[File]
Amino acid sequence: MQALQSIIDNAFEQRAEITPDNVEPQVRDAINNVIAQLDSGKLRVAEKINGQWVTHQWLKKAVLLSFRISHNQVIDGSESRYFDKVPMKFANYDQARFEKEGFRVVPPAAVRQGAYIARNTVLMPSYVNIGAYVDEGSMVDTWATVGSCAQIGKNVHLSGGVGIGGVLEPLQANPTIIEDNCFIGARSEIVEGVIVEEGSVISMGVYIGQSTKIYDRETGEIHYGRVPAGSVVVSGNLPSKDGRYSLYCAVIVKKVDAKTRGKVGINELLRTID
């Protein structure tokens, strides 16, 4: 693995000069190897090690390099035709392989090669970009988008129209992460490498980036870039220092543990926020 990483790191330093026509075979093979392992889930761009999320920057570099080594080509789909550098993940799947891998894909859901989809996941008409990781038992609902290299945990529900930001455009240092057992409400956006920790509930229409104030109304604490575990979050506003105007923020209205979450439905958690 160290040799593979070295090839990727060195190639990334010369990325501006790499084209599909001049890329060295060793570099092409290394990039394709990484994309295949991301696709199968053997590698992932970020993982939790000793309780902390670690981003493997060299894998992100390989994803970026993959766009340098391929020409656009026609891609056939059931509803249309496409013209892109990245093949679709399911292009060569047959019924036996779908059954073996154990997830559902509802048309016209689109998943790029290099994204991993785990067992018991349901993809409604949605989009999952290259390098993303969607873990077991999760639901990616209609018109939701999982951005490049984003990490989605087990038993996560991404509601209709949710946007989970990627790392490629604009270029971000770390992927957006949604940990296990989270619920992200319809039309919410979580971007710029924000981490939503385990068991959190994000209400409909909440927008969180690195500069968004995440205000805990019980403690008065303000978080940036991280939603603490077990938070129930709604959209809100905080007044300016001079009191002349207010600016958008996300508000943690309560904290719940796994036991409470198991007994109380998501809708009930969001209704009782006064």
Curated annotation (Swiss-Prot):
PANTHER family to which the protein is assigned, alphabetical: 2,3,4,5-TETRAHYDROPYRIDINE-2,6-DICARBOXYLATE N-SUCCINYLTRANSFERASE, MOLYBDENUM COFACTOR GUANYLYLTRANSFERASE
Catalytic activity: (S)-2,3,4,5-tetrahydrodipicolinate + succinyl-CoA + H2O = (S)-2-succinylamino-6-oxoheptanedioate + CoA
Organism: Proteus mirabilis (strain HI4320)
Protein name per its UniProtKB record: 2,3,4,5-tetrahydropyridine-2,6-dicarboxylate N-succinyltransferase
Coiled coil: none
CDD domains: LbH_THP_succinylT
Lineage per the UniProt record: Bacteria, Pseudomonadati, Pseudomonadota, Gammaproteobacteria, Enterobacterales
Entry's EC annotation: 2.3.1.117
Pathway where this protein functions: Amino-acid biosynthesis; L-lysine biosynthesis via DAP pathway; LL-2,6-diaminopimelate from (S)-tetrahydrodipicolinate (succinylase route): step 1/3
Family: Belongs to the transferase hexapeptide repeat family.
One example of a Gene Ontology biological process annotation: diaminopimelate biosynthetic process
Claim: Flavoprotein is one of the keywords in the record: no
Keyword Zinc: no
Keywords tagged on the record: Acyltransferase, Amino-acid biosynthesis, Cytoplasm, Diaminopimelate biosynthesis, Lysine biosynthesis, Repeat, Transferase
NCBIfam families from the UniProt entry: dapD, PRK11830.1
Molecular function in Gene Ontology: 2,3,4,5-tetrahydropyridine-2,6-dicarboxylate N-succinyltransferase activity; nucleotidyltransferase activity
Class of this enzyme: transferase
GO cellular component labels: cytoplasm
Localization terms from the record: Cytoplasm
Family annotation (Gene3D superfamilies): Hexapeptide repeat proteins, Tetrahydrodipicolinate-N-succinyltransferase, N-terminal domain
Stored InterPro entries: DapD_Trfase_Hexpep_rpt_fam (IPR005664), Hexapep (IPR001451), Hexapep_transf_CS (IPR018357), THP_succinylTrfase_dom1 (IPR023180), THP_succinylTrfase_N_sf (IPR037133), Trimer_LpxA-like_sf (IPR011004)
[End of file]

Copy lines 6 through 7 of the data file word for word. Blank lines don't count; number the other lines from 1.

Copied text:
Organism: Proteus mirabilis (strain HI4320)
Protein name per its UniProtKB record: 2,3,4,5-tetrahydropyridine-2,6-dicarboxylate N-succinyltransferase